SHOUBRA EL-KHEIMA: Waiting Wednesday for voter turnout to match the first day of voting, judges supervising the polling stations of Qaliubiya’s Shubra El-Kheima blamed illiteracy and lack of awareness for the majority of violations.
Turnout on the second day of the third phase of People’s Assembly elections was lower than that of Tuesday, which some supervising judges estimated at 50 percent.
"We hope to see a higher turnout afternoon … you know Egyptians like to finish their work at the last minute," Judge Ahmed Abdel Fattah, of Cairo’s Court of Appeals who was supervising an electoral committee, told Daily News Egypt.
The first day, he said, witnessed higher turnout as the people who care enough to cast their votes came early.
Judge Hossam El-Din Ahmed, supervising another electoral committee, said that although Wednesday had a less than average turnout, more than 50 percent of eligible voters cast their ballots on the first day.
"I believe this percentage is higher than the most democratic country: the US," he said.
However, he theorized that this high percentage is because the Egyptian public is not busy doing anything of importance.
Judges said the majority of irregularities have been avoided after the first and second rounds of the staggered elections.
"The voters started to understand the electoral process and its requirements," Abdel Fattah said. "However, there should have been more awareness for the voters and the candidates as well. Some candidates are not aware of what they should do on election day or during the vote-counting process."
The thing that tires judges the most, he added, is that a large number of voters ask them to tell them who they should vote for.
"I figured out that the percentage of illiteracy among the female voters who came to cast their votes at this electoral committee reached 99 percent," one of the judges said on condition of anonymity.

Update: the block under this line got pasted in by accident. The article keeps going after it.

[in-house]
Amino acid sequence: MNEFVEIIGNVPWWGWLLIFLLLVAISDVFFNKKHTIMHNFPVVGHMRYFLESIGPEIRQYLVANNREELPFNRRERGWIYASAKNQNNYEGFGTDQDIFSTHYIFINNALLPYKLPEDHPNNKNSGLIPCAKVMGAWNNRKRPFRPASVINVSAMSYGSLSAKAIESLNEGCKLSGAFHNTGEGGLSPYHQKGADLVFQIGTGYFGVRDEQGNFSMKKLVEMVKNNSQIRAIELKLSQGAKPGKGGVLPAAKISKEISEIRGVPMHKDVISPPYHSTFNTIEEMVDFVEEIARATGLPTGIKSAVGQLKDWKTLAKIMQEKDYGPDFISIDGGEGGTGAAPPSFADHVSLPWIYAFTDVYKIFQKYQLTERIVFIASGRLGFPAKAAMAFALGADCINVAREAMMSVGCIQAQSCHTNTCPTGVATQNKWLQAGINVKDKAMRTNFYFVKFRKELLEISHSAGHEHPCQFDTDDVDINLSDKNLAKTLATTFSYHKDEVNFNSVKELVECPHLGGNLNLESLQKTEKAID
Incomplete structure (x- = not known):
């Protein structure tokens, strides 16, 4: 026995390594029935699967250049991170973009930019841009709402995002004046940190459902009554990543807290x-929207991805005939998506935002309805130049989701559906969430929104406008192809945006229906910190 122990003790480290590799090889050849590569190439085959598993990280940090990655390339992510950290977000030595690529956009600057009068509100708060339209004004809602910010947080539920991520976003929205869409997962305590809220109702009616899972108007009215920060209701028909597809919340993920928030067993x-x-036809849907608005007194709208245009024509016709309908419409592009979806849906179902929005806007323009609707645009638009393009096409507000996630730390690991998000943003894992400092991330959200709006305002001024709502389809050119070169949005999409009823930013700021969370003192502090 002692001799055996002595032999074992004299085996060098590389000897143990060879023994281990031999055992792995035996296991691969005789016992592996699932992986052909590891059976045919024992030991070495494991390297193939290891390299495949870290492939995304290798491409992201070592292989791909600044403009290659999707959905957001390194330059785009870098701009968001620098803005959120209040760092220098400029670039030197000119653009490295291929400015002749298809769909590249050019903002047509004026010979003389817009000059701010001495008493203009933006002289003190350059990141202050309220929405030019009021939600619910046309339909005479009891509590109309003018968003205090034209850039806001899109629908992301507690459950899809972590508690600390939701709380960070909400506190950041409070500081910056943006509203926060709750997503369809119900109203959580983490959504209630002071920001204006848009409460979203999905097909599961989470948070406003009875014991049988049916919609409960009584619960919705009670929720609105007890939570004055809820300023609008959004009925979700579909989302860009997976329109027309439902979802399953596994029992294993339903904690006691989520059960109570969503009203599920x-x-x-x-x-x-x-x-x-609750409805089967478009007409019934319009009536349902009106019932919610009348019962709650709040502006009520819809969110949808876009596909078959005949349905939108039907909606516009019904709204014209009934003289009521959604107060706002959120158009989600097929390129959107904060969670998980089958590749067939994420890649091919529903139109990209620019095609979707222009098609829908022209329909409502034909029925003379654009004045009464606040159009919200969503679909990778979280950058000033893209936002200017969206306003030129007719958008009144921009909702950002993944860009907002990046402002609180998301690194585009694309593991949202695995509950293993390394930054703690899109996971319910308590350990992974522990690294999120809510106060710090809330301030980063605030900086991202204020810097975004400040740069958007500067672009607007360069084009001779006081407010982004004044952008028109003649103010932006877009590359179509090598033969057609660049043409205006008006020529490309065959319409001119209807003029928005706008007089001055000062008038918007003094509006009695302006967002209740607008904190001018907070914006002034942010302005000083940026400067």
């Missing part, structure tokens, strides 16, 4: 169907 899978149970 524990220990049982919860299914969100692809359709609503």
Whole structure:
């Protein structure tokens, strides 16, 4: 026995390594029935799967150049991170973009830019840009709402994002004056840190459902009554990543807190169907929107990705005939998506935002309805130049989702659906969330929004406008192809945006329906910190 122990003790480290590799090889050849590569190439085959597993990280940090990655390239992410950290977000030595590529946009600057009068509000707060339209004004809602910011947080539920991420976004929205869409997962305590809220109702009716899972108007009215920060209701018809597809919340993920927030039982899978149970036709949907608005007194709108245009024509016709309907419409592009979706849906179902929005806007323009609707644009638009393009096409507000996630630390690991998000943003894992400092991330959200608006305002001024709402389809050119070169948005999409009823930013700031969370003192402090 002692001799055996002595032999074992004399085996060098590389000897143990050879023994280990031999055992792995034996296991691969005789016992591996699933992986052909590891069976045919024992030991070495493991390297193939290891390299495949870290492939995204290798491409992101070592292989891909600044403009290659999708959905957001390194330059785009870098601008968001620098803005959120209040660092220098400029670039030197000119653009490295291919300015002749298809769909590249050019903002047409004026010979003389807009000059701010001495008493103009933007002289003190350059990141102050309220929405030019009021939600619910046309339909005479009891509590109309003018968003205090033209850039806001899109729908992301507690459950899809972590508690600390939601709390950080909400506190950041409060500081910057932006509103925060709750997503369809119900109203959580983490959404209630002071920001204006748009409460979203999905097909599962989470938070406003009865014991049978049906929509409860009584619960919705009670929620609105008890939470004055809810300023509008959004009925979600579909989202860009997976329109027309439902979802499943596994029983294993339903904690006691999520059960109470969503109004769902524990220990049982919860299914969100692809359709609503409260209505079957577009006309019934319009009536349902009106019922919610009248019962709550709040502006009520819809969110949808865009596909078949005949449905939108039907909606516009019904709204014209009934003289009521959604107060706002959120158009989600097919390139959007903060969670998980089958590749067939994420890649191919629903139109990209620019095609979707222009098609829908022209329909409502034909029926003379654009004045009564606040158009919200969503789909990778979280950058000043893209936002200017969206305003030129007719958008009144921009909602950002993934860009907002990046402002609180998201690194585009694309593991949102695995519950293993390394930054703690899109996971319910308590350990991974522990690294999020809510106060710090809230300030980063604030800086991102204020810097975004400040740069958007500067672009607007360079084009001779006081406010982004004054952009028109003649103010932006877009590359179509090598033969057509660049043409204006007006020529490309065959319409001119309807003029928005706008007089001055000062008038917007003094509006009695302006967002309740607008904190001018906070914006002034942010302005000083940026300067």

Judges are authorized to fill the ballot for illiterate voters if they didn’t have a companion without directing them for a specific candidate.
At the first two stages of the elections, one of the prominent reported violations was of party representatives directing voters, especially illiterates, to vote for their parties, inside polling stations.
In the third phase, which started on Jan. 3, Abdel Fattah she hasn’t seen this particular violation.
In case he came across such case, he said he would take the ID of the representative and file a complaint to the general prosecution, which will then investigate the incident and transfer it court.
Work could exceed 15 hours a day, which according to Abdel Fattah is not only exhausting but impedes the judicial supervisors from performing their job efficiently.
For judges, the day doesn’t end when voters cast the last ballot of the day.
"The judges on reserve only assist us at the general electoral committees where votes are counted," he said.
After the sealed ballot boxes are transferred by the armed forces to the general committees and the counting begins, judges face another obstacle, according to Abdel Fattah.
"Candidates and a large number of their representatives attend the counting and they are anxious to hear the results, so they rush judges who are counting the ballots," he explained. "Sometimes a judge might turn edgy and stops the counting until calm is restored."
Judges, Abdel Fattah said, are demanding the Supreme Electoral Committee (SEC) to take into account the seniority of judges while assigning them to the general and the sub-electoral committees.
"We are all like each other from a professional standpoint, but some senior judges … would have preferred to work in the general committees," he told DNE.